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I have Ubuntu 16.04 dual-boot installed (w/Windows 7) on a Dell Latitude 6420 Laptop.

Yesterday, after the update, it requested reboot, then would not reboot completely. It got up to the user login, then would freeze after I entered my password. A couple times it also froze at the login, not allowing me to even enter a password.

After some reading, I attempted logging in "safe mode". First I experimented with logging into the first option (ending in "generic"). I could log in and use the machine with no problem. But upon logging in as normal, it continued to freeze.

After doing some more reading, I repeated the process, this time choosing the option ending in "recovery mode".

From there I chose the option, fsck... it ran and provided me with information about missing dependencies on my swap partition.

fsck error screenshot

So now my computer and I are having a really awkward moment of silence. It is holding, exactly as you see in the screenshot, waiting for me to do something, I suppose. And I'm here waiting for it to indicate to me what I'm supposed to do next.

So I have 2 questions:

  1. What do I do next?

  2. How do I go about remedying the missing dependencies? Or is fsck supposed to do this?

Additional Info:

'exit' worked to get me out of this screen, and back to the grub/recovery mode menu

From this menu, choosing root access, then entering 'sudo fsck -f /' at the prompt, produced this response:

Root access

Then I rebooted. Normal boot still didn't work, so I rebooted again into the generic option. I ran the following:

sudo blkid

/dev/loop0: TYPE="squashfs"
/dev/loop1: TYPE="squashfs"
/dev/loop2: TYPE="squashfs"
/dev/sda1: LABEL="System Reserved" UUID="2C2A0DEA2A0DB23E" TYPE="ntfs" PARTUUID="f752fb6f-01"
/dev/sda2: LABEL="Windows 7" UUID="5E98156C981543C5" TYPE="ntfs" PARTUUID="f752fb6f-02"
/dev/sda4: LABEL="Swap" UUID="4c570f54-c0d4-44ac-a132-9517c64f0cff" TYPE="swap" PARTUUID="f752fb6f-04"
/dev/sda5: UUID="4320c663-1161-4fe9-b5f8-ac72526376db" TYPE="ext4" PARTUUID="f752fb6f-05"`

cat /etc/fstab

# /etc/fstab: static file system information.
#
# Use 'blkid' to print the universally unique identifier for a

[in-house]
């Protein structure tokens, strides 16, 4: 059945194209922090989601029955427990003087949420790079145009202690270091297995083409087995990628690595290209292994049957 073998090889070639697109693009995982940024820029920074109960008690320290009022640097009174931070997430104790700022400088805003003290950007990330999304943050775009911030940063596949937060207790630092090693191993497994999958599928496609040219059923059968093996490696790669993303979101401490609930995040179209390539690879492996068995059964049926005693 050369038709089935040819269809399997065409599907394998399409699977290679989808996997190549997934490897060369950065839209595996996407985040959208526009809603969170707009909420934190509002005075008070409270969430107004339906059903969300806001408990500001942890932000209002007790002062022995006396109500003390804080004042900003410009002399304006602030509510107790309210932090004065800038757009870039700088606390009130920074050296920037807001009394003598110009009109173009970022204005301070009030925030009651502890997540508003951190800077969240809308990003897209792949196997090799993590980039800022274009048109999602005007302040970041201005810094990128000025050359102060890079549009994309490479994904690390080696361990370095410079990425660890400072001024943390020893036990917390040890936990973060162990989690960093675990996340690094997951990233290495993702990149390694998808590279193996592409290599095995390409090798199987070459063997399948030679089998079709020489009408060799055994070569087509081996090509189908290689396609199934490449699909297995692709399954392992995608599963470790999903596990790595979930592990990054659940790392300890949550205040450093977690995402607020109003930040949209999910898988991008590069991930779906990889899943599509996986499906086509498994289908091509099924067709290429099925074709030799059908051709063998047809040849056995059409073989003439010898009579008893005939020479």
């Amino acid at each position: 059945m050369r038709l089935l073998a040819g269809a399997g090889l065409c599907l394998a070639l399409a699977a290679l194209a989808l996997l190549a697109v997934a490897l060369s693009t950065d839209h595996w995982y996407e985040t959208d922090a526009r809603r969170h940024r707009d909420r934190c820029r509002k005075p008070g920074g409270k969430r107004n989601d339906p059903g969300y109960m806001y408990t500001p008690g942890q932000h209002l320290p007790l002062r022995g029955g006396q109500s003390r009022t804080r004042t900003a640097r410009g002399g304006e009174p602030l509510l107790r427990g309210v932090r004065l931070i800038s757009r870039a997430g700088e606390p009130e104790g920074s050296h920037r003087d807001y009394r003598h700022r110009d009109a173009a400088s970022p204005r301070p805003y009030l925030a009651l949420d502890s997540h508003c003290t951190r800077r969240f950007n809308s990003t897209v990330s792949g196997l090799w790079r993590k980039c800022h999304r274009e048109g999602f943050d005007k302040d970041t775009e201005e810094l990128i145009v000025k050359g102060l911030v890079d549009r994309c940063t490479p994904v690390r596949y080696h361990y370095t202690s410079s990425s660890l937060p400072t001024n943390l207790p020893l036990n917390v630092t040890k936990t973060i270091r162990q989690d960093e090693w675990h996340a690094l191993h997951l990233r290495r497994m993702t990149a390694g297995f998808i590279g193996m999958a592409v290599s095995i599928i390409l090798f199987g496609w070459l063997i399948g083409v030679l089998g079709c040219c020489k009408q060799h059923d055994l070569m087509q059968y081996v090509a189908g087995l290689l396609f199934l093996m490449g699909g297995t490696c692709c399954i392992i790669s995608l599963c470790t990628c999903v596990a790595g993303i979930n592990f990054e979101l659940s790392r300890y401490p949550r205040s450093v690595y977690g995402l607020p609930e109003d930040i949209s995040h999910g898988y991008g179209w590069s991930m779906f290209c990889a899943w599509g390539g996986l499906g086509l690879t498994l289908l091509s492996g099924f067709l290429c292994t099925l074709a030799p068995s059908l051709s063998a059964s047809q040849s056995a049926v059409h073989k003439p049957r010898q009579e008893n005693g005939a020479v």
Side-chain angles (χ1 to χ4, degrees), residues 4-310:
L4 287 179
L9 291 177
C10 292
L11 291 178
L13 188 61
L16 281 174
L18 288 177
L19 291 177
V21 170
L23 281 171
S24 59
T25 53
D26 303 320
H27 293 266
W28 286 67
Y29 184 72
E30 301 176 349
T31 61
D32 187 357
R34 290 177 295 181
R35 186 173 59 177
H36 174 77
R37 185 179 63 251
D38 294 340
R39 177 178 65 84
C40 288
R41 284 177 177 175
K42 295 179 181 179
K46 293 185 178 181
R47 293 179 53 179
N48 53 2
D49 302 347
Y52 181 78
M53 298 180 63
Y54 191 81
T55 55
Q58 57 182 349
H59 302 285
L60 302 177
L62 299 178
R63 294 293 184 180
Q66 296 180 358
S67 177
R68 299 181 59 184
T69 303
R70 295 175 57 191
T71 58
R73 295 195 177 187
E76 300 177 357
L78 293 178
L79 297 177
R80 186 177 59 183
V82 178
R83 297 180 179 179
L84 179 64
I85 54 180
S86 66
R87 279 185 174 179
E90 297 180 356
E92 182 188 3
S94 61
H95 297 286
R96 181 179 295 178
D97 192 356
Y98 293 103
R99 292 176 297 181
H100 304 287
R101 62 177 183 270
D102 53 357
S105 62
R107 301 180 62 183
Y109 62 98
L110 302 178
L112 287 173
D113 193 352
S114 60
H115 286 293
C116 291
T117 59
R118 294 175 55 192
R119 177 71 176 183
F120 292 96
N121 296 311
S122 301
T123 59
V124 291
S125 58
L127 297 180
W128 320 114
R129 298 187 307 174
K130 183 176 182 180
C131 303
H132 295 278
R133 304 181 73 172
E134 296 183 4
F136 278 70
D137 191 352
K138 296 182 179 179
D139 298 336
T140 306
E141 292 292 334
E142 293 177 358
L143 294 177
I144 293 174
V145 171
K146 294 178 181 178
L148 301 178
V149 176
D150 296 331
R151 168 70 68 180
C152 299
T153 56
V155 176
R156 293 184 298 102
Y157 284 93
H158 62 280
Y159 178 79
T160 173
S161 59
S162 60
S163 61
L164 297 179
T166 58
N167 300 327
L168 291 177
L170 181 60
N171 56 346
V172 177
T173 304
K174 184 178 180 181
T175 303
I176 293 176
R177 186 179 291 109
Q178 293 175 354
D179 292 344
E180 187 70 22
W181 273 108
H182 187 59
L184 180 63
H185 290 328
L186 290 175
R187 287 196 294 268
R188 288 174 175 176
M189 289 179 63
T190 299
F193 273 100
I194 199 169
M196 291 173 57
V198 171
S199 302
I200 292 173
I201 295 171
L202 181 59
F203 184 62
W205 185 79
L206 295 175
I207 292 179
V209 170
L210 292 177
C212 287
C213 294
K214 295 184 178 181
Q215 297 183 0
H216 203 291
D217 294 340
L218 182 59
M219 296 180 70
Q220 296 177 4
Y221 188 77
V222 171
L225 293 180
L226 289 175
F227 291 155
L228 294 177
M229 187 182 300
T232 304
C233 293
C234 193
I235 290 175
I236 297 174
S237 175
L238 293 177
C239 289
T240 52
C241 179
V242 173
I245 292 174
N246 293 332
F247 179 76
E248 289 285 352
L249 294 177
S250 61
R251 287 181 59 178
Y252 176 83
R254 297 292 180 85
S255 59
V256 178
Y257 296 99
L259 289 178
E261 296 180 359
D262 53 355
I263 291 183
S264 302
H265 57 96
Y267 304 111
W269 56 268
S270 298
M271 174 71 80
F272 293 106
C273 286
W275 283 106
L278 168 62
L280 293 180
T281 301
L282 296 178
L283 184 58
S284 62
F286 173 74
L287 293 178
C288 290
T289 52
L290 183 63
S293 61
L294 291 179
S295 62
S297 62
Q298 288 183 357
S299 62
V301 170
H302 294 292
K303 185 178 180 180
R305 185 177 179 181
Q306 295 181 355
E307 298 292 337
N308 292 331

# device; this may be used with UUID= as a more robust way to name devices
# that works even if disks are added and removed. See fstab(5).
#
# <file system> <mount point>   <type>  <options>       <dump>  <pass>
# / was on /dev/sda5 during installation
UUID=4320c663-1161-4fe9-b5f8-ac72526376db /               ext4    errors=remount-ro 0       1
# swap was on /dev/sda4 during installation
UUID=4c570f54-c0d4-44ac-a132-9517c64f0cff none            swap    sw              0       0
/dev/mapper/cryptswap1 none swap sw 0 0`

cat /etc/crypt*

cryptswap1 UUID=ce2b005b-dea2-4808-86eb-71884dfeb5c4 /dev/urandom swap,offset=1024,cipher=aes-xts-plain64

NOTE: Whereas booting into generic worked normal before, I now have no internet. When I open the Network Settings, and try to switch on Wi-fi, it flips itself back off. It does not work on the Windows side either. Windows does boot up normally otherwise.

Then I rebooted with the Boot Disk, ran gparted and snapped this image:

Partition Image

Update:

With every reboot, I keep checking to see if I can log in normally. Before being able to implement the suggestions below, my machine booted normally, in normal mode, but still without wi-fi (I have not yet attempted to wire it into the modem directly)

While booted normally, I checked all of the following:

gparted (corrected)- all partitions that are supposed to be encrypted are. I will add photo here in a few.

sudo blkid (changed) - there is a new line at the bottom containing an UUID for cryptswap1 that wasn't there before:

/dev/loop0: TYPE="squashfs"
/dev/loop1: TYPE="squashfs"
/dev/loop2: TYPE="squashfs"
/dev/sda1: LABEL="System Reserved" UUID="2C2A0DEA2A0DB23E" TYPE="ntfs" PARTUUID="f752fb6f-01"
/dev/sda2: LABEL="Windows 7" UUID="5E98156C981543C5" TYPE="ntfs" PARTUUID="f752fb6f-02"
/dev/sda4: LABEL="Swap" UUID="4c570f54-c0d4-44ac-a132-9517c64f0cff" TYPE="swap" PARTUUID="f752fb6f-04"
/dev/sda5: UUID="4320c663-1161-4fe9-b5f8-ac72526376db" TYPE="ext4" PARTUUID="f752fb6f-05"
/dev/mapper/cryptswap1: UUID="e9166797-d813-4430-ab6e-d2f060ca59c5" TYPE="swap"

cat /etc/fstab - the same, no change.

cat /etc/crypt* - the same, no change.